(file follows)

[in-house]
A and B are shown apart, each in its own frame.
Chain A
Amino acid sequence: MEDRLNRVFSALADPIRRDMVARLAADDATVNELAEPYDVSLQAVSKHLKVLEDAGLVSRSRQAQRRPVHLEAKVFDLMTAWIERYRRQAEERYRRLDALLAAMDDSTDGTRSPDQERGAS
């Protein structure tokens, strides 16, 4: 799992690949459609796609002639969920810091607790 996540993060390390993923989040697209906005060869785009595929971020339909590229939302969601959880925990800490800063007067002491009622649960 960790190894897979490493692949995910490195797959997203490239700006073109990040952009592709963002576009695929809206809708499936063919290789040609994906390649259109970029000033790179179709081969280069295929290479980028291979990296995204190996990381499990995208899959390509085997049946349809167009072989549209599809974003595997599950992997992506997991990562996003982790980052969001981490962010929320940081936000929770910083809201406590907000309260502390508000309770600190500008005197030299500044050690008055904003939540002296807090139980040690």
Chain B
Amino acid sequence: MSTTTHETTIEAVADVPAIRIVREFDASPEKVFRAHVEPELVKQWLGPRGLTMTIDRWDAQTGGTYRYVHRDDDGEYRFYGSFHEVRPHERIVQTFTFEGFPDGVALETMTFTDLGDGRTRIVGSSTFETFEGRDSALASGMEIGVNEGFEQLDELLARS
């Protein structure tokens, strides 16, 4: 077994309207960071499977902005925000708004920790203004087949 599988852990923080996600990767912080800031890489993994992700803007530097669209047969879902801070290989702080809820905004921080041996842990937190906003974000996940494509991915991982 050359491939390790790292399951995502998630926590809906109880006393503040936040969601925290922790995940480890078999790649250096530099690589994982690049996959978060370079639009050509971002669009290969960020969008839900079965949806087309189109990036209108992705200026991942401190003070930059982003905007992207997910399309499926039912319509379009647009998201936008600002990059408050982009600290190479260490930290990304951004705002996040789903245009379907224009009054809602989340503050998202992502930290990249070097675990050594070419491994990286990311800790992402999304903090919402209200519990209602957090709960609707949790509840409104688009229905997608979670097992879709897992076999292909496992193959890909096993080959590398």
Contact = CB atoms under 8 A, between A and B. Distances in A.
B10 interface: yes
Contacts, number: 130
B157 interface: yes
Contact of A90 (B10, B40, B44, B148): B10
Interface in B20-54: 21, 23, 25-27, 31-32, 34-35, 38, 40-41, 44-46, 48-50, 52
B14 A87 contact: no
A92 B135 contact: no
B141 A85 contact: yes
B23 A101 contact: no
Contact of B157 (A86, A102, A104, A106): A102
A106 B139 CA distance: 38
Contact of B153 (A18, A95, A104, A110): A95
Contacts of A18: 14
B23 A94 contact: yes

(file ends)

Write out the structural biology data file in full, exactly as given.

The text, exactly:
[in-house]
A and B are shown apart, each in its own frame.
Chain A
Amino acid sequence: MEDRLNRVFSALADPIRRDMVARLAADDATVNELAEPYDVSLQAVSKHLKVLEDAGLVSRSRQAQRRPVHLEAKVFDLMTAWIERYRRQAEERYRRLDALLAAMDDSTDGTRSPDQERGAS
């Protein structure tokens, strides 16, 4: 799992690949459609796609002639969920810091607790 996540993060390390993923989040697209906005060869785009595929971020339909590229939302969601959880925990800490800063007067002491009622649960 960790190894897979490493692949995910490195797959997203490239700006073109990040952009592709963002576009695929809206809708499936063919290789040609994906390649259109970029000033790179179709081969280069295929290479980028291979990296995204190996990381499990995208899959390509085997049946349809167009072989549209599809974003595997599950992997992506997991990562996003982790980052969001981490962010929320940081936000929770910083809201406590907000309260502390508000309770600190500008005197030299500044050690008055904003939540002296807090139980040690």
Chain B
Amino acid sequence: MSTTTHETTIEAVADVPAIRIVREFDASPEKVFRAHVEPELVKQWLGPRGLTMTIDRWDAQTGGTYRYVHRDDDGEYRFYGSFHEVRPHERIVQTFTFEGFPDGVALETMTFTDLGDGRTRIVGSSTFETFEGRDSALASGMEIGVNEGFEQLDELLARS
């Protein structure tokens, strides 16, 4: 077994309207960071499977902005925000708004920790203004087949 599988852990923080996600990767912080800031890489993994992700803007530097669209047969879902801070290989702080809820905004921080041996842990937190906003974000996940494509991915991982 050359491939390790790292399951995502998630926590809906109880006393503040936040969601925290922790995940480890078999790649250096530099690589994982690049996959978060370079639009050509971002669009290969960020969008839900079965949806087309189109990036209108992705200026991942401190003070930059982003905007992207997910399309499926039912319509379009647009998201936008600002990059408050982009600290190479260490930290990304951004705002996040789903245009379907224009009054809602989340503050998202992502930290990249070097675990050594070419491994990286990311800790992402999304903090919402209200519990209602957090709960609707949790509840409104688009229905997608979670097992879709897992076999292909496992193959890909096993080959590398």
Contact = CB atoms under 8 A, between A and B. Distances in A.
B10 interface: yes
Contacts, number: 130
B157 interface: yes
Contact of A90 (B10, B40, B44, B148): B10
Interface in B20-54: 21, 23, 25-27, 31-32, 34-35, 38, 40-41, 44-46, 48-50, 52
B14 A87 contact: no
A92 B135 contact: no
B141 A85 contact: yes
B23 A101 contact: no
Contact of B157 (A86, A102, A104, A106): A102
A106 B139 CA distance: 38
Contact of B153 (A18, A95, A104, A110): A95
Contacts of A18: 14
B23 A94 contact: yes